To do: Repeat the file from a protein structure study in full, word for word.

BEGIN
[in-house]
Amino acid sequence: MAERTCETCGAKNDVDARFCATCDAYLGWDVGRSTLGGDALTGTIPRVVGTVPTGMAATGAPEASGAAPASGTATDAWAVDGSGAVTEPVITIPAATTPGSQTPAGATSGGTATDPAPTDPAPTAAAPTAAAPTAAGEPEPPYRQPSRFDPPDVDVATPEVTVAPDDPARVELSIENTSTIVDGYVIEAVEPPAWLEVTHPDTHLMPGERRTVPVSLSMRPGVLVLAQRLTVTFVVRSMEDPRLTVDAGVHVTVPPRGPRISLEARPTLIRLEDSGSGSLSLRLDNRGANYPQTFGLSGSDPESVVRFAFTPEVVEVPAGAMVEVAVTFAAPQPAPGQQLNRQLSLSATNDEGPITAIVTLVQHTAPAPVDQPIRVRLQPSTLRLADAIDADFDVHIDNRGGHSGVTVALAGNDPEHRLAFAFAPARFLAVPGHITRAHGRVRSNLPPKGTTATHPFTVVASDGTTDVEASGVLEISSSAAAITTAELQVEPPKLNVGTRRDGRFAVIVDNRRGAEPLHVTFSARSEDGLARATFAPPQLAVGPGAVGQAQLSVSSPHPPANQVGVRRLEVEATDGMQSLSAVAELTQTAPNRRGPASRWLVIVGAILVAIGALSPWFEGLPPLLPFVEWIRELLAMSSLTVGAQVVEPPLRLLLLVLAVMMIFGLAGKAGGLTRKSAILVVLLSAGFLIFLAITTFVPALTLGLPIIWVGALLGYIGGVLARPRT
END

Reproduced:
[in-house]
Amino acid sequence: MAERTCETCGAKNDVDARFCATCDAYLGWDVGRSTLGGDALTGTIPRVVGTVPTGMAATGAPEASGAAPASGTATDAWAVDGSGAVTEPVITIPAATTPGSQTPAGATSGGTATDPAPTDPAPTAAAPTAAAPTAAGEPEPPYRQPSRFDPPDVDVATPEVTVAPDDPARVELSIENTSTIVDGYVIEAVEPPAWLEVTHPDTHLMPGERRTVPVSLSMRPGVLVLAQRLTVTFVVRSMEDPRLTVDAGVHVTVPPRGPRISLEARPTLIRLEDSGSGSLSLRLDNRGANYPQTFGLSGSDPESVVRFAFTPEVVEVPAGAMVEVAVTFAAPQPAPGQQLNRQLSLSATNDEGPITAIVTLVQHTAPAPVDQPIRVRLQPSTLRLADAIDADFDVHIDNRGGHSGVTVALAGNDPEHRLAFAFAPARFLAVPGHITRAHGRVRSNLPPKGTTATHPFTVVASDGTTDVEASGVLEISSSAAAITTAELQVEPPKLNVGTRRDGRFAVIVDNRRGAEPLHVTFSARSEDGLARATFAPPQLAVGPGAVGQAQLSVSSPHPPANQVGVRRLEVEATDGMQSLSAVAELTQTAPNRRGPASRWLVIVGAILVAIGALSPWFEGLPPLLPFVEWIRELLAMSSLTVGAQVVEPPLRLLLLVLAVMMIFGLAGKAGGLTRKSAILVVLLSAGFLIFLAITTFVPALTLGLPIIWVGALLGYIGGVLARPRT